And, Stephen, as to your other wishes, (he wants Dave's beach house and Joi's computer bag, among other things) well, I can't grant those.
By the way, a latte at Peet's still cost me more than $2. So much for the value of all those hits. But, if they make you happy I'm happy.
Doc Searls: I won't write another thing about podcasters until I'm doing a podcast myself.
Hmm, is a Doc Searls podcast coming soon?
Josh Ledgard is blown away by our customers. He posted his team's logo and asked for help making it better. Some of the entries (particularly from Jamie) are awesome.
The first edition of "Sound Policy" with Denise Howell on IT Conversations is now up. This is an audio show. First one was arguing about linking technologies like Microsoft Smart Tags and Google's Autolink. Cory Doctorow, Marty Schwimmer, and I had a pretty intense debate. Hope you like it. Reminder that this was recorded on 3/9/2005, which was before I modified my beliefs about linking technologies a bit.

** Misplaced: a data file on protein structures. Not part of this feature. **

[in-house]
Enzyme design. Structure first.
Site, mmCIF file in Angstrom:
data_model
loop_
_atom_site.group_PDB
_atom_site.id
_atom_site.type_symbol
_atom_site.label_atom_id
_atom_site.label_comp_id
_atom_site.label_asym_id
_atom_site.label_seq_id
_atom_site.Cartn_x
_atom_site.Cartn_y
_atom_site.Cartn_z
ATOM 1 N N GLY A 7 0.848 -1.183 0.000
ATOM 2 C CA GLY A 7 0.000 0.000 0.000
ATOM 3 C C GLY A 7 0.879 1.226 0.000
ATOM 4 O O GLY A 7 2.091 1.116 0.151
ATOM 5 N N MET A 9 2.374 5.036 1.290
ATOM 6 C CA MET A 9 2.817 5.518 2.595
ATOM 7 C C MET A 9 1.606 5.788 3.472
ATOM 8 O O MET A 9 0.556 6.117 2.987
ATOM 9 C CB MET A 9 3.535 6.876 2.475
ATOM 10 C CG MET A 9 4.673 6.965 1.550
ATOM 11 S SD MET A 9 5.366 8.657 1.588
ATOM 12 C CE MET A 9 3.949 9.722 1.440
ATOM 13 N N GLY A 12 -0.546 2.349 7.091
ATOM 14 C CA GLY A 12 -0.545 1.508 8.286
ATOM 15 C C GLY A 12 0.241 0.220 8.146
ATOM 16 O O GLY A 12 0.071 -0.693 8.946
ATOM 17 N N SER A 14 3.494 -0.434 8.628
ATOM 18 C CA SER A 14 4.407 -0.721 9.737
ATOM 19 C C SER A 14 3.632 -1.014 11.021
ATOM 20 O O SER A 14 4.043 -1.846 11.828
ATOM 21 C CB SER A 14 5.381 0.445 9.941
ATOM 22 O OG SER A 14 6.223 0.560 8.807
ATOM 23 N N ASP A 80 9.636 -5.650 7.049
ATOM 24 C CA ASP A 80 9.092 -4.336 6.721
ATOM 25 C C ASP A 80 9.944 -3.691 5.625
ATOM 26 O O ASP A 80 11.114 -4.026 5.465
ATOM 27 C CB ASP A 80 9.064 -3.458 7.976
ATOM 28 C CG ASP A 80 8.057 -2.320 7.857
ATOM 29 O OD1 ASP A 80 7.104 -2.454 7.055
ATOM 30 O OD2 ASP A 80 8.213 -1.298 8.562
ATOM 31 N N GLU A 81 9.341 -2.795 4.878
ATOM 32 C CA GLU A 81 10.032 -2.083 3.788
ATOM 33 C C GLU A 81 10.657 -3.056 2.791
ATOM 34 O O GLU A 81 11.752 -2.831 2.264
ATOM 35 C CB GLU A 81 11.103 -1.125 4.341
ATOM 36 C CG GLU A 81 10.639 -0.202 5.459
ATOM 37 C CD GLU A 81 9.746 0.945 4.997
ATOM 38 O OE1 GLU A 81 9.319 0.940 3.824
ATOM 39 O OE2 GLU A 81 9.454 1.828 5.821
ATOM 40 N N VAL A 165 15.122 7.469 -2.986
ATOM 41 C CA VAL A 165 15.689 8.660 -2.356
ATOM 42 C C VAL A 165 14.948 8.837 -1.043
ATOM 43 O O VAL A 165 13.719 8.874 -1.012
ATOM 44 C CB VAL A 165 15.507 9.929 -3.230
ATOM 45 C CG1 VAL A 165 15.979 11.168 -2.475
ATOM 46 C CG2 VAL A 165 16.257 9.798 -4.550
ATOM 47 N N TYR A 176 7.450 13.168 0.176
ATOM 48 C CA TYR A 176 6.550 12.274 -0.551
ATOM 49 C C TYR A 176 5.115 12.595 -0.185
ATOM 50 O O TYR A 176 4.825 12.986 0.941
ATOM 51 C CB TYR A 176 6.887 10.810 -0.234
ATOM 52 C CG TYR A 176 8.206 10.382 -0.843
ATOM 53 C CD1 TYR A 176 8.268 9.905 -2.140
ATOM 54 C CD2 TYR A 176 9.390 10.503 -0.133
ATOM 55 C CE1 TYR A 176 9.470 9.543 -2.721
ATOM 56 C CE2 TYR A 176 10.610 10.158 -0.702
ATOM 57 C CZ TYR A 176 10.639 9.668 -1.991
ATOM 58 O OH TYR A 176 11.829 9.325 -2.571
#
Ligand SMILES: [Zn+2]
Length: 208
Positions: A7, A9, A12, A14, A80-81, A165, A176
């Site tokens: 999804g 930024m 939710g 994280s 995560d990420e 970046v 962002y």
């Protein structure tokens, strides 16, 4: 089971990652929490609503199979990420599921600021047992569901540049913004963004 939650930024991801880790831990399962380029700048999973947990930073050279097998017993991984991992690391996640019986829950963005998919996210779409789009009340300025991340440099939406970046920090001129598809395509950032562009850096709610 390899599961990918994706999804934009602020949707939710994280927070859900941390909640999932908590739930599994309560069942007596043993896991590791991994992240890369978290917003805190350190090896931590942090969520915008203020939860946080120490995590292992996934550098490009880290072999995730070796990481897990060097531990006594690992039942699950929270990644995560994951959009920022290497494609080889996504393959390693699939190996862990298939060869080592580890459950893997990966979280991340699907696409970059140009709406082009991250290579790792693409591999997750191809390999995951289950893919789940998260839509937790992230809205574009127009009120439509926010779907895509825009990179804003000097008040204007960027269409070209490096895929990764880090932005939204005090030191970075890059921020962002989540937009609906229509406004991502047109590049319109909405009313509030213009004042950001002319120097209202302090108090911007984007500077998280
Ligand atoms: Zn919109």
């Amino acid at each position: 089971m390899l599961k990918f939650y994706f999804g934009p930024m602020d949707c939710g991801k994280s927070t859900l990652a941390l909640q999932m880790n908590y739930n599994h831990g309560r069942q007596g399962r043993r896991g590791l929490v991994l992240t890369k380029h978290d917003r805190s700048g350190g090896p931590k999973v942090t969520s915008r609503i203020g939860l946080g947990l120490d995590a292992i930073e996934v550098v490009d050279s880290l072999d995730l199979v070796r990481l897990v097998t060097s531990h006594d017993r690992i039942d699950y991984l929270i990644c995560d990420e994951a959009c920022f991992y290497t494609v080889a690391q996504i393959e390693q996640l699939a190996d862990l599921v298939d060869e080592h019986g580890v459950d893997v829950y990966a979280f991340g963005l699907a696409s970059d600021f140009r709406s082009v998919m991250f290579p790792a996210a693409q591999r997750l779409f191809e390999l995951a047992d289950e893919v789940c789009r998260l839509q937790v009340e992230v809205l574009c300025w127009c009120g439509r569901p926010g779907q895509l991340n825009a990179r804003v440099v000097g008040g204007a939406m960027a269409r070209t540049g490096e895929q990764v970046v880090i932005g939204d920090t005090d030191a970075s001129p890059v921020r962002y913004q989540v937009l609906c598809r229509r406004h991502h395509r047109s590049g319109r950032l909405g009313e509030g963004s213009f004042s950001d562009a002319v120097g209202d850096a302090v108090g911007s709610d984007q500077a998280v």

Keep in mind that I did not take Microsoft's side in this one. I took the content producer's side (Cory hated that term, by the way).
By the way, debating with Cory is a very intense experience. Listening to the conversation it's pretty clear he beat me in debating skills.
I wish Dave Winer was on the conversation. It'd be fun to hear those two guys go at it.
To my Iranian friends around the world, Happy Nowruz!
The New Year starts tomorrow morning. We're having a big party here in Santa Clara with lots of family and friends to celebrate. Lots of goodies and great food.
By the way, the link above shows just how much the blogosphere has changed in only a year or two. Last year there were hardly any comments about the Iranian New Year. This year? I can't read them all.
Josh Ledgard has a great blog today on Shared Source stuff inside Microsoft. Yes, Josh, they need an RSS feed.
Dave Winer today tells a story about seeing someone floating by his beach house window who waved at Dave.
I had a, um, geekier experience. I walked into Peet's coffee in Petaluma. There a really tall guy kept staring at me like he was trying to figure out who I was. I stared back. Eventually he said something like "I think I've met you before." Then it dawned on him: "you're a blogger." Heh. Yup. Guilty as charged. "You're the Scobleizer."